Interested in starting your own entrepreneurial journey in business development but unsure what to expect? Then read up on our interview with Danielle Kepler, Founder of Be Your Own Biller, LLC., located in Chicago, IL, USA.

What's your business, and who are your customers?

Be Your Own Biller is a consulting company that aims to educate mental health clinicians about health insurance credentialing and billing. Our customers are solo private practice clinicians, group private practice owners, non-profits, and other mental health agencies. Our hope is by helping mental health clinicians credential and bill insurance, this helps improve access to mental health care for people who need services and cannot afford to pay out of pocket and/or want to use their health insurance.

Tell us about yourself

I first started to Be Your Own Biller after starting my own solo private practice in 2015. I was not taught how to credential or bill insurance, and I realized I had a knack for it and learned the ins and outs quickly. I then created a Facebook group for clinicians after realizing there was not a specific Facebook group for insurance for mental health clinicians. After that gained popularity, I started to Be Your Own Biller to offer private consulting to clinicians. Even after seven years of running the Facebook group, I still keep screenshots of the praise people say about the group. Knowing that I am not only helping clinicians figure out something that seems so challenging but, in turn, helping create more access to mental health care is what really keeps me motivated.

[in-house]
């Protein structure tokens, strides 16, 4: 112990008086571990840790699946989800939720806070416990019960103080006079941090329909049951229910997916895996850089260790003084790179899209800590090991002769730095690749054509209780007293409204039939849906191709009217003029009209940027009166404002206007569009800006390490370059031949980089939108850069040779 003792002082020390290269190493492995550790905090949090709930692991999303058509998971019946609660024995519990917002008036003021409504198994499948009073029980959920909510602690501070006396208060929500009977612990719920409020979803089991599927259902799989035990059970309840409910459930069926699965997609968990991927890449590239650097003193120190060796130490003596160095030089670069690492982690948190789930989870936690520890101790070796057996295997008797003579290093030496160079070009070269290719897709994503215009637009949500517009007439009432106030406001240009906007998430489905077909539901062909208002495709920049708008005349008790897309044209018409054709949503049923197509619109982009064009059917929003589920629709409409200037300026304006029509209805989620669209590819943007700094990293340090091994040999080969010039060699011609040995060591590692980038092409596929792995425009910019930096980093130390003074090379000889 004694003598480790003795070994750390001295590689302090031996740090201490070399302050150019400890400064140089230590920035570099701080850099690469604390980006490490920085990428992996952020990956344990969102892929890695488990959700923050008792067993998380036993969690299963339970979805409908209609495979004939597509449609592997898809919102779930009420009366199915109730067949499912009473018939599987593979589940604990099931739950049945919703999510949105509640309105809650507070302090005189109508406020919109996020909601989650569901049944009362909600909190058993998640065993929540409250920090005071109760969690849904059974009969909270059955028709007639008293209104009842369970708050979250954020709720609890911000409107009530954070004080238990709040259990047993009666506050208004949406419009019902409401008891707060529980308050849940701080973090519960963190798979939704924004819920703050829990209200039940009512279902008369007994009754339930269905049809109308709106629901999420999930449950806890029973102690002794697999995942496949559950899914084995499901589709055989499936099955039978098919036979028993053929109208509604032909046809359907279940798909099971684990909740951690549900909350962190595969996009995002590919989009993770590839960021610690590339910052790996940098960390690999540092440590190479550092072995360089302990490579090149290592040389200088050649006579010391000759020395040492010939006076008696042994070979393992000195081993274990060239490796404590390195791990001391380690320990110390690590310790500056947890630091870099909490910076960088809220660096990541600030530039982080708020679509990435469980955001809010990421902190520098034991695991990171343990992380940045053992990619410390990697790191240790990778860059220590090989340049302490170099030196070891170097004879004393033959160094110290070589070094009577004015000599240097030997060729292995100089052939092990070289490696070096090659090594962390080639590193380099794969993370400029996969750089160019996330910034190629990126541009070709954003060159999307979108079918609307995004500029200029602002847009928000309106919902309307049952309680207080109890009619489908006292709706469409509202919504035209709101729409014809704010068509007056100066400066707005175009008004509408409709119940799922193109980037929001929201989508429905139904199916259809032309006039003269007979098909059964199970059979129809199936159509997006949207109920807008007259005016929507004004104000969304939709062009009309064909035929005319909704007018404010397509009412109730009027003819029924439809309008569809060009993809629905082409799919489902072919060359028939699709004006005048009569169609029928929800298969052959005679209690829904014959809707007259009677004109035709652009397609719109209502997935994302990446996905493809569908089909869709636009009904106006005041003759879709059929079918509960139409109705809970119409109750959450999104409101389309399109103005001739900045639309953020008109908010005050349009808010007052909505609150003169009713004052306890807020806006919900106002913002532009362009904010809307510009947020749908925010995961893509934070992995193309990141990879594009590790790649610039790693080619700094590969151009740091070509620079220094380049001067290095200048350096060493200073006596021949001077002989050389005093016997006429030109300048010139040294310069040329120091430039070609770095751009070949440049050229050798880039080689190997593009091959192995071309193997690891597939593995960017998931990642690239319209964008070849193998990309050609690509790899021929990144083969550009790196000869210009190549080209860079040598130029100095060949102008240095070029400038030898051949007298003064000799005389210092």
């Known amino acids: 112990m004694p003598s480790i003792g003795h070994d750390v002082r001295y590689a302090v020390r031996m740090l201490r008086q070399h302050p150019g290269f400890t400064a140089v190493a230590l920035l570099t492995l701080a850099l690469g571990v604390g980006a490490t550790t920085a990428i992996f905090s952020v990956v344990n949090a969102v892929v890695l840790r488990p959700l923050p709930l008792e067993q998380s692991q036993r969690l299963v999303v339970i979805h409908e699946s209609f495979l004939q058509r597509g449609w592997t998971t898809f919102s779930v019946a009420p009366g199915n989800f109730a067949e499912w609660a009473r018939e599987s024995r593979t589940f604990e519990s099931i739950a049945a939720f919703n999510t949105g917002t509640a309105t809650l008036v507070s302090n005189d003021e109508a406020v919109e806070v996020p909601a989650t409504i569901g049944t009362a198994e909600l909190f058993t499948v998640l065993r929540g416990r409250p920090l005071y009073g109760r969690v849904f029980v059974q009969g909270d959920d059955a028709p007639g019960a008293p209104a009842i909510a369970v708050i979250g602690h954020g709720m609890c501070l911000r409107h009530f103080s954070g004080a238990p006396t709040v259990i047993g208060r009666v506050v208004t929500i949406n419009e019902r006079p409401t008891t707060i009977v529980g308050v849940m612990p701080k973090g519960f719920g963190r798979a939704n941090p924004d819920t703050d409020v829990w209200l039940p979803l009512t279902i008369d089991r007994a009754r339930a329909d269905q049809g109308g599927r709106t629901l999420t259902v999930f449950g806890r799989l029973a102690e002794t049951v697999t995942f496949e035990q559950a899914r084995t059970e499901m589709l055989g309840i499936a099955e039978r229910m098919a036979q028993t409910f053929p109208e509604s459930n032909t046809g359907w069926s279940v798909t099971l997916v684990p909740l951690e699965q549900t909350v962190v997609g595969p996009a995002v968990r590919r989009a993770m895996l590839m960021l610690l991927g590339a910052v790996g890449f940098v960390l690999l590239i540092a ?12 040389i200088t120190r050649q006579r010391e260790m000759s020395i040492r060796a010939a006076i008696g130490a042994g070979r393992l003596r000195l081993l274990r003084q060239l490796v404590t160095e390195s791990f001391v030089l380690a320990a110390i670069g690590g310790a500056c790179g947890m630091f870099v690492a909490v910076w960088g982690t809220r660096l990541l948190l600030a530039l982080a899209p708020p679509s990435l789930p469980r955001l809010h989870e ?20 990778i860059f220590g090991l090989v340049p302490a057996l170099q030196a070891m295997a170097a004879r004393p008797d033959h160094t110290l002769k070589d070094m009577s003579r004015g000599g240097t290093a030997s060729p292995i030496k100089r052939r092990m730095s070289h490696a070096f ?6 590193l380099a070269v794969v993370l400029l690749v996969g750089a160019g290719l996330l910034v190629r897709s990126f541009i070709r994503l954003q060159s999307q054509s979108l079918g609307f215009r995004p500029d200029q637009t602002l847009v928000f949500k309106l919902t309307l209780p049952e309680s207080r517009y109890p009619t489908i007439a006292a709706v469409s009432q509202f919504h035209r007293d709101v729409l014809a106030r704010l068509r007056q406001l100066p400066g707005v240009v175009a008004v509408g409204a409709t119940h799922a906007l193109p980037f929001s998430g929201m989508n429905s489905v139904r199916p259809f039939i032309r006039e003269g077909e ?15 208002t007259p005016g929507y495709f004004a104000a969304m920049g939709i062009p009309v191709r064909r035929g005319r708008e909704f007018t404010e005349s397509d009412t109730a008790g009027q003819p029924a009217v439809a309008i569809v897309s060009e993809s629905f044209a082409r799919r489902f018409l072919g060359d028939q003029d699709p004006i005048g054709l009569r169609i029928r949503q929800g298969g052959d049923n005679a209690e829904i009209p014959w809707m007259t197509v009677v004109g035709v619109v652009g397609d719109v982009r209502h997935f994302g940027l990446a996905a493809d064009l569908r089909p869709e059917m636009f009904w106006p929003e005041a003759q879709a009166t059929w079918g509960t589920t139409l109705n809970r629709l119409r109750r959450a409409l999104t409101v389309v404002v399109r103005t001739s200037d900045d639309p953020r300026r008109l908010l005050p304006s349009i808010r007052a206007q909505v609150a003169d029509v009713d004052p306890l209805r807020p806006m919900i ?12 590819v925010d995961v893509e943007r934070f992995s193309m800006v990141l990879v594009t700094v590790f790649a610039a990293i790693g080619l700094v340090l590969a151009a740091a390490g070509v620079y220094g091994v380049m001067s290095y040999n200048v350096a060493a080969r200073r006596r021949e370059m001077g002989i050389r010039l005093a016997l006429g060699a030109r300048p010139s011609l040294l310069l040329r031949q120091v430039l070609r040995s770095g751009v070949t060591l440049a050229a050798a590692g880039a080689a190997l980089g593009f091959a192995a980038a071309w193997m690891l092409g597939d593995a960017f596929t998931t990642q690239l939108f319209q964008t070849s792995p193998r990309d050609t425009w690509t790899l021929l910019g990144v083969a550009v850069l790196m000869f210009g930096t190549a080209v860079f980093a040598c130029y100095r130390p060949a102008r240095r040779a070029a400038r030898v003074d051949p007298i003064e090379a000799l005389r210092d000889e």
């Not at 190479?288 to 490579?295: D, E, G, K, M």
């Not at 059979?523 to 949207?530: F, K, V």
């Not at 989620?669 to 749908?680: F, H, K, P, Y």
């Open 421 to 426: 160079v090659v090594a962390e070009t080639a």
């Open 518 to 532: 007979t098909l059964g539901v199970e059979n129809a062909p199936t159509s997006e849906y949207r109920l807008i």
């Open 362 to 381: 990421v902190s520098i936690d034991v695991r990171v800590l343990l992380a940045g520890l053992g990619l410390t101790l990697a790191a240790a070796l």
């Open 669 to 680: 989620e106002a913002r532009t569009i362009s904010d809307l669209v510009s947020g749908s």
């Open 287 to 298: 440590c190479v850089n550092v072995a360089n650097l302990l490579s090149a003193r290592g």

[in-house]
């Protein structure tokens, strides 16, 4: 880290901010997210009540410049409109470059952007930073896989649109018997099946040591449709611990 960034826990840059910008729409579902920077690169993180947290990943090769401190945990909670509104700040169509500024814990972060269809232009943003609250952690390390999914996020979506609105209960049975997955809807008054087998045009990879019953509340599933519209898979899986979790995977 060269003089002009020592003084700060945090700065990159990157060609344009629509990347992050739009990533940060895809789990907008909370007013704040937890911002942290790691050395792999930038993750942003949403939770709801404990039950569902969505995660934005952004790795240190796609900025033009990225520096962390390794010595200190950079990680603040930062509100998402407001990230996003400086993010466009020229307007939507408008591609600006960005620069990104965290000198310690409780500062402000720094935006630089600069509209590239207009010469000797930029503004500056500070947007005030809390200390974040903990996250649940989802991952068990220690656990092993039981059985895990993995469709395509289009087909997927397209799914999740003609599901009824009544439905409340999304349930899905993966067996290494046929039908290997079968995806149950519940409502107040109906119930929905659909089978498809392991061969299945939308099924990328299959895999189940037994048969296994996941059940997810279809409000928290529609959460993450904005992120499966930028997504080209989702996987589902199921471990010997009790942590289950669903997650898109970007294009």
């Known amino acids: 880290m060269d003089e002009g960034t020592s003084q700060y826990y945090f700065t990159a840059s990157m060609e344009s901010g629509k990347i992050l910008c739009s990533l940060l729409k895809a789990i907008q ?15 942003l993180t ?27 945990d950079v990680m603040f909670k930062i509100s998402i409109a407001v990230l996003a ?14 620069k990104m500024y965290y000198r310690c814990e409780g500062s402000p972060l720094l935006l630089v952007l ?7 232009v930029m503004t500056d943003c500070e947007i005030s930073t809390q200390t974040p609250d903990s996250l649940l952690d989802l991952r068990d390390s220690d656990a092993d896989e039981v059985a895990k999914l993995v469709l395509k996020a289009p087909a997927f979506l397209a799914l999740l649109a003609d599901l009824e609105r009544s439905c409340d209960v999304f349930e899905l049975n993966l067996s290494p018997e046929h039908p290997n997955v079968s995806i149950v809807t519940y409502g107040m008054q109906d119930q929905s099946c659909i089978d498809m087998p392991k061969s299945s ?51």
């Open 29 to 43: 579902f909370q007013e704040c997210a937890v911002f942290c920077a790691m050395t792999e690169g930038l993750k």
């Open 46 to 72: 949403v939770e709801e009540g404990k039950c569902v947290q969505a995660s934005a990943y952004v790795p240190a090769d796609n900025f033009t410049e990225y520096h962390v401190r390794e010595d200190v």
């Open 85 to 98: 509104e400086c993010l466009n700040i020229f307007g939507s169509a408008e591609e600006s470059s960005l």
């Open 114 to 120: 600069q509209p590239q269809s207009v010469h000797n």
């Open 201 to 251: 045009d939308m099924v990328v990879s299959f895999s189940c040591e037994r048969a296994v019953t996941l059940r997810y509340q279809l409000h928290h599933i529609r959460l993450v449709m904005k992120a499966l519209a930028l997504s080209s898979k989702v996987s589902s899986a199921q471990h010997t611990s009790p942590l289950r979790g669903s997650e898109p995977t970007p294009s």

What's your biggest accomplishment as a business owner?

There have been countless times when clinicians have told me that I 'helped them save their business,' and every time I hear that, I am overjoyed that I was able to help someone save their business and continue to be able to provide care to clients. My Facebook group has over 19,000 clinicians in it and counting.

What's one of the hardest things that come with being a business owner?

Realizing that you cannot please everyone. Throughout the years, I've had people get upset about one thing or another and have learned to learn from the incident, take what I can from it, but then move on from it. If you dwell too much on one person's negative experience, the feedback becomes unhelpful and does not move you forward.

What are the top tips you'd give to anyone looking to start, run and grow a business today?

  1. It all starts with an idea and a need. You can't have a business without both of those.
  2. Building your audience/customer base before you launch can help customers build trust in your product and have natural buy-in.
  3. Take any feedback, good or bad, as helpful. It's very easy to get defensive when getting negative feedback, but try your best to learn from it and then move on from it.

Where can people find you and your business?


If you like what you've read here and have your own story as a solo or small business entrepreneur that you'd like to share, then please answer these interview questions. We'd love to feature your journey on these pages.

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